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UNR steps up its analysis of data from region

John Seelmeyer

Demographic, sales and real estate data assembled by the Small Business Development Center at the University of Nevada, Reno, long has been part of the decision-making process for companies in the region.

Now UNR is gearing up an effort to combine the analytical horsepower of its faculty especially from the College of Business with the fuel of that data to provide better information for policymakers and business owners throughout the region.

The Center for Regional Studies is less than a year old, and its executives have spent much of their time making sales calls on public officials and business executives who might be looking for unbiased analysis.

In recent months, for instance, the center has been involved in a deep analysis of the economic factors that would come into play with efforts to restore Walker Lake in Mineral County.

Another research possibility is a detailed economic and demographic study of the Hispanic market including Hispanic business owners in the region, says Sam Males, director of the Small Business Development Center.

That study, like others the Center for Regional Studies is likely to undertake, involve more than business data and more than faculty members from the College of Business at UNR.

Males said faculty members from fields such as geography, economics, sociology will be called in to provide analysis when it’s needed.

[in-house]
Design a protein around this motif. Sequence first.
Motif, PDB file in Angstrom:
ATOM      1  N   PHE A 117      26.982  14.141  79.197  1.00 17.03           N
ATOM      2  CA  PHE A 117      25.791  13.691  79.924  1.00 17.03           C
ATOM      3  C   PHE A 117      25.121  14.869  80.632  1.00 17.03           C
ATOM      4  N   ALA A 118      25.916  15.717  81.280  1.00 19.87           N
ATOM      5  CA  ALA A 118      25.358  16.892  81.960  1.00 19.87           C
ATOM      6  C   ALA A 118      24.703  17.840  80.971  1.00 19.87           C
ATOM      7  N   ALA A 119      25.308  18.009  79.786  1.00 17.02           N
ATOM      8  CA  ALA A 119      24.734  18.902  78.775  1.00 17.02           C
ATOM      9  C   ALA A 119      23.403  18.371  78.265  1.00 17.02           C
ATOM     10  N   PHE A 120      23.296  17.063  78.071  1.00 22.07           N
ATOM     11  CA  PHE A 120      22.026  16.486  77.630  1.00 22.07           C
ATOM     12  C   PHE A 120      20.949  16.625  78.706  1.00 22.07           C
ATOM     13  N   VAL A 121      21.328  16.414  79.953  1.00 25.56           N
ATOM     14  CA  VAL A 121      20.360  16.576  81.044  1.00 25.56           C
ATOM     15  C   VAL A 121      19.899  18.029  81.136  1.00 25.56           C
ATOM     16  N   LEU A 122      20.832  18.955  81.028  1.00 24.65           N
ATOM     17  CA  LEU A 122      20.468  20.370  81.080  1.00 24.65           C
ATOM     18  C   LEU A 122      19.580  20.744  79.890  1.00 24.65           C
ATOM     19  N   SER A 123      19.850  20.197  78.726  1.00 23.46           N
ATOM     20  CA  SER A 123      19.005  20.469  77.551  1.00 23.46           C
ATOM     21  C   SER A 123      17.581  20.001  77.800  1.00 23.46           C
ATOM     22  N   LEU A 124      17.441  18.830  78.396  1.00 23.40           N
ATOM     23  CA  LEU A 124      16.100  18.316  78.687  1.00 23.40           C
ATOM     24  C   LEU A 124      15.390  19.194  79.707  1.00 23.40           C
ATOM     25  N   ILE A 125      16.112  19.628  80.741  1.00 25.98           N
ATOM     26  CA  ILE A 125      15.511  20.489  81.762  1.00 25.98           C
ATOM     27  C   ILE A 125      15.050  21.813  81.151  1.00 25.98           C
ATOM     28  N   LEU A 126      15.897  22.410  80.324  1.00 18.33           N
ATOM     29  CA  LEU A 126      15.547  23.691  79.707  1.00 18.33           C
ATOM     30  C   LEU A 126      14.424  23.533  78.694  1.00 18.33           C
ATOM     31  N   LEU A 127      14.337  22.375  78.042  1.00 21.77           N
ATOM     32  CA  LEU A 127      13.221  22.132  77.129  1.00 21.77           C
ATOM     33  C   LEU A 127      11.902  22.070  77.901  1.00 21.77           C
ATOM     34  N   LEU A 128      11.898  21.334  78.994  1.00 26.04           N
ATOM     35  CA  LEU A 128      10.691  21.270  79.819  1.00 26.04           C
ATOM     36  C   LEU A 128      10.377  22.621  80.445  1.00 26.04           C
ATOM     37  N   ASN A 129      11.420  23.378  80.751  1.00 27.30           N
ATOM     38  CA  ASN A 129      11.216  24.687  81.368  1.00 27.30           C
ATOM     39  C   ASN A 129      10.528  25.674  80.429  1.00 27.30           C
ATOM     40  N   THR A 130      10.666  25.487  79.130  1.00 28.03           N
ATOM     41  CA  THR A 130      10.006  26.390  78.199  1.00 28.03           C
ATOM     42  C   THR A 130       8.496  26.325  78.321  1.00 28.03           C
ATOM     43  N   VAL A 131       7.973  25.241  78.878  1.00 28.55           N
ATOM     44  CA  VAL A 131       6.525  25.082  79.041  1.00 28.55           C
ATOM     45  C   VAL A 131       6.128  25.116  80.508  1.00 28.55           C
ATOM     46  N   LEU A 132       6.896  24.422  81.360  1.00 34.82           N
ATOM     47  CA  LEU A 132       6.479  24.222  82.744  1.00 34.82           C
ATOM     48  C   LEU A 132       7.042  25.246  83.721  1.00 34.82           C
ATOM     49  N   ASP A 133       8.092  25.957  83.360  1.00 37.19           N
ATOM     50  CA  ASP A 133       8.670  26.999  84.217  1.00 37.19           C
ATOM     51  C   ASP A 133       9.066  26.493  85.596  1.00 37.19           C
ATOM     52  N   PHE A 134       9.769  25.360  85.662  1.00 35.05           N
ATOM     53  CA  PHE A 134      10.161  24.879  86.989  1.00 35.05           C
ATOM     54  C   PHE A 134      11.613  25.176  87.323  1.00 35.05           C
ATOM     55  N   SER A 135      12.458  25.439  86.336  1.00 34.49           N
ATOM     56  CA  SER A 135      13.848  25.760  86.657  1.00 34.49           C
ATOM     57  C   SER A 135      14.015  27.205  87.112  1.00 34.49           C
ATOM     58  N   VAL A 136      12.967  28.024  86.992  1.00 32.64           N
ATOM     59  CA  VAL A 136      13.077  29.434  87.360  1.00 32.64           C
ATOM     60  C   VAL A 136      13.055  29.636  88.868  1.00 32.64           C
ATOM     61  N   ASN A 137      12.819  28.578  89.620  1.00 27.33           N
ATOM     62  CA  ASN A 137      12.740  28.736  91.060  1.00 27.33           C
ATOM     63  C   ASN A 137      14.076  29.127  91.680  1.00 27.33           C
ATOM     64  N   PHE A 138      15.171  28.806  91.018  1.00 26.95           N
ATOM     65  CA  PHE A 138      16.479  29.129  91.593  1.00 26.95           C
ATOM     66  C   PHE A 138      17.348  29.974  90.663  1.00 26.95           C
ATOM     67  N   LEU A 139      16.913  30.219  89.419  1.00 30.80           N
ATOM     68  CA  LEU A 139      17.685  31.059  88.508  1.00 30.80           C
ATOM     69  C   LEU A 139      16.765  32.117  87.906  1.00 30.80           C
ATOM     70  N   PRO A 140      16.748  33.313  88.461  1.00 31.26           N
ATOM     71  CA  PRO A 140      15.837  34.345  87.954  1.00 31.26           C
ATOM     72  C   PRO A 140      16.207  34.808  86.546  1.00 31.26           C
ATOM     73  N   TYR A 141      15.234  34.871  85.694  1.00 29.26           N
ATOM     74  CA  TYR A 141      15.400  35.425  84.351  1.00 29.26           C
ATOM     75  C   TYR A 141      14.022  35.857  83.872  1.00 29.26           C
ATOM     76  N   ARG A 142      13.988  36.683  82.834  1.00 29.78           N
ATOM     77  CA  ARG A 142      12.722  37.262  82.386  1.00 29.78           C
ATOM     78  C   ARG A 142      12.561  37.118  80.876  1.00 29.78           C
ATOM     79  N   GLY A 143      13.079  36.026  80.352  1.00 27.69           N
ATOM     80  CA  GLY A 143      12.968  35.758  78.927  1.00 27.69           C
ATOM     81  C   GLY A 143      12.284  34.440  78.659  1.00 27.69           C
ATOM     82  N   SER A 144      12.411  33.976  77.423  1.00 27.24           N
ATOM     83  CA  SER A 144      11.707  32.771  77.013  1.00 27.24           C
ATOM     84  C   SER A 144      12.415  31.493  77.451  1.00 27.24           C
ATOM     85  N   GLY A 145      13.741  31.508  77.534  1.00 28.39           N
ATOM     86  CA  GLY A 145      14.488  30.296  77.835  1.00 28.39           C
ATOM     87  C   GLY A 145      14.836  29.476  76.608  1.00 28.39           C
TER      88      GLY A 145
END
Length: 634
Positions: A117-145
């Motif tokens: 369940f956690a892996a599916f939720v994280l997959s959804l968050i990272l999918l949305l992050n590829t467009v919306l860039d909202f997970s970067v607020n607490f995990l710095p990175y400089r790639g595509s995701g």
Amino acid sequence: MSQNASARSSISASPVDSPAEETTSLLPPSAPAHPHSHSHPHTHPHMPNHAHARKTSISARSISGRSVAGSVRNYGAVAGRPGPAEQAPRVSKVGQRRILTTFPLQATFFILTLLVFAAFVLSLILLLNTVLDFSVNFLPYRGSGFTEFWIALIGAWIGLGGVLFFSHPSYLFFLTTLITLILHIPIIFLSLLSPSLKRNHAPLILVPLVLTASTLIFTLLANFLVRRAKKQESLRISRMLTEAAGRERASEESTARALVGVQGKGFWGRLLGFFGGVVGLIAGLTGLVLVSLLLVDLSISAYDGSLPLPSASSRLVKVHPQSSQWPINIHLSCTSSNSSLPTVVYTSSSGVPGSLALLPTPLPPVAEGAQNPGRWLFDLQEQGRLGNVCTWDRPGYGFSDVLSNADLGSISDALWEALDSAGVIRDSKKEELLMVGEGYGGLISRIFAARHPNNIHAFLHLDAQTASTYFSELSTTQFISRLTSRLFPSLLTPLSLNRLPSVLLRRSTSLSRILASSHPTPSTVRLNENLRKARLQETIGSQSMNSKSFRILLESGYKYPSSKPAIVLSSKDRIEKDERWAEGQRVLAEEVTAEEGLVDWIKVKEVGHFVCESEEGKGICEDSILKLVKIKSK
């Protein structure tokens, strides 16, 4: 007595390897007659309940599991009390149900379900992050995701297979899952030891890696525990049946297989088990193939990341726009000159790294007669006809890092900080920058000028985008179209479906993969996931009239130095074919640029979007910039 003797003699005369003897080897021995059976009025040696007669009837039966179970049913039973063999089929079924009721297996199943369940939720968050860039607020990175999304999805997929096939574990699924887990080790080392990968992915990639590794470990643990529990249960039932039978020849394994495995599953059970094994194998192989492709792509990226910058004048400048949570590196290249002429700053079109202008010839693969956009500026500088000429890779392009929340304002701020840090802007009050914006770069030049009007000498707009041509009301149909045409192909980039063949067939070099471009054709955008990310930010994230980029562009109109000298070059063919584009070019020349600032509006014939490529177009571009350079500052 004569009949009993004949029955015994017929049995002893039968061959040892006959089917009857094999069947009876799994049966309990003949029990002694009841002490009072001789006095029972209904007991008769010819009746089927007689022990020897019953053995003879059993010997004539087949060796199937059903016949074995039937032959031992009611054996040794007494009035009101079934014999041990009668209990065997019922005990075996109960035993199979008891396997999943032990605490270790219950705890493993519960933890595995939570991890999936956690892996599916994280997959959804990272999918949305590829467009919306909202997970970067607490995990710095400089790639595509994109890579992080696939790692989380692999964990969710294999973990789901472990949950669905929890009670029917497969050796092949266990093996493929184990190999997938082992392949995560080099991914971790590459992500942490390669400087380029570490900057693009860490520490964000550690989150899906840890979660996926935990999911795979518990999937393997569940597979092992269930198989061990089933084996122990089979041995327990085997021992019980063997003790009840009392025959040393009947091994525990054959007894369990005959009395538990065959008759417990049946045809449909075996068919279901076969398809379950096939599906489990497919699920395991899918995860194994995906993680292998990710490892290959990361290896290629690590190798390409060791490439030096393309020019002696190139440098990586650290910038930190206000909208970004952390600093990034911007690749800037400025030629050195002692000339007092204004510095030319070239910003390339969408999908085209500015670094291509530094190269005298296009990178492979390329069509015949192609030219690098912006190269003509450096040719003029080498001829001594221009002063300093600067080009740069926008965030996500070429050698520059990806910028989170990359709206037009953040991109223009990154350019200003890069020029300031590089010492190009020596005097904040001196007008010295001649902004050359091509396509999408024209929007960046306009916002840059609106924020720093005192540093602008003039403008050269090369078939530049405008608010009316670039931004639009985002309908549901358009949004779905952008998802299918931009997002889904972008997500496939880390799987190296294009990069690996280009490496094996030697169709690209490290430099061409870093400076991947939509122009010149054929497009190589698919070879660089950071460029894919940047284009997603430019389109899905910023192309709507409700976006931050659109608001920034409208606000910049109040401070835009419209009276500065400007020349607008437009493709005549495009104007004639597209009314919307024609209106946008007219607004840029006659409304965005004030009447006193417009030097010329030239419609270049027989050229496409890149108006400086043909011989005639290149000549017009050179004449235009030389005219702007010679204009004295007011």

The Small Business Development Center has a 15-year history of assembling demographic and economic data about northern Nevada, much of it material that isn’t available elsewhere.

It can tap into state sale tax returns, for instance, to provide detailed data on retail sales by neighborhood. And it can provide demographic data by individual census blocks.

Brian Bonnenfant, who spearheaded development of those troves of data, notes that they were specifically local during a time when the challenges increasingly are region-wide.

“It became aware to the university that a Center for Regional Studies was needed to serve the entire region, and not just community-by-community,” Bonnenfant says.

The definition of “Regional” in the organization’s title remains open.

A day-long seminar on major real estate development sponsored by the center in March, for instance, included the Eastern Sierra of California in its definition of the region.

Males, meanwhile, thinks it’s likely that the Center for Regional Studies someday will take on the gigantic task of developing databases and providing analysis in southern Nevada.

And some university officials sometimes talk about the region that extends from southern Nevada well into the Pacific Northwest as a single economic and demographic unit.

While the need from business executives and public officials for well-analyzed data is apparent, Males said the center also provides important benefits to faculty members.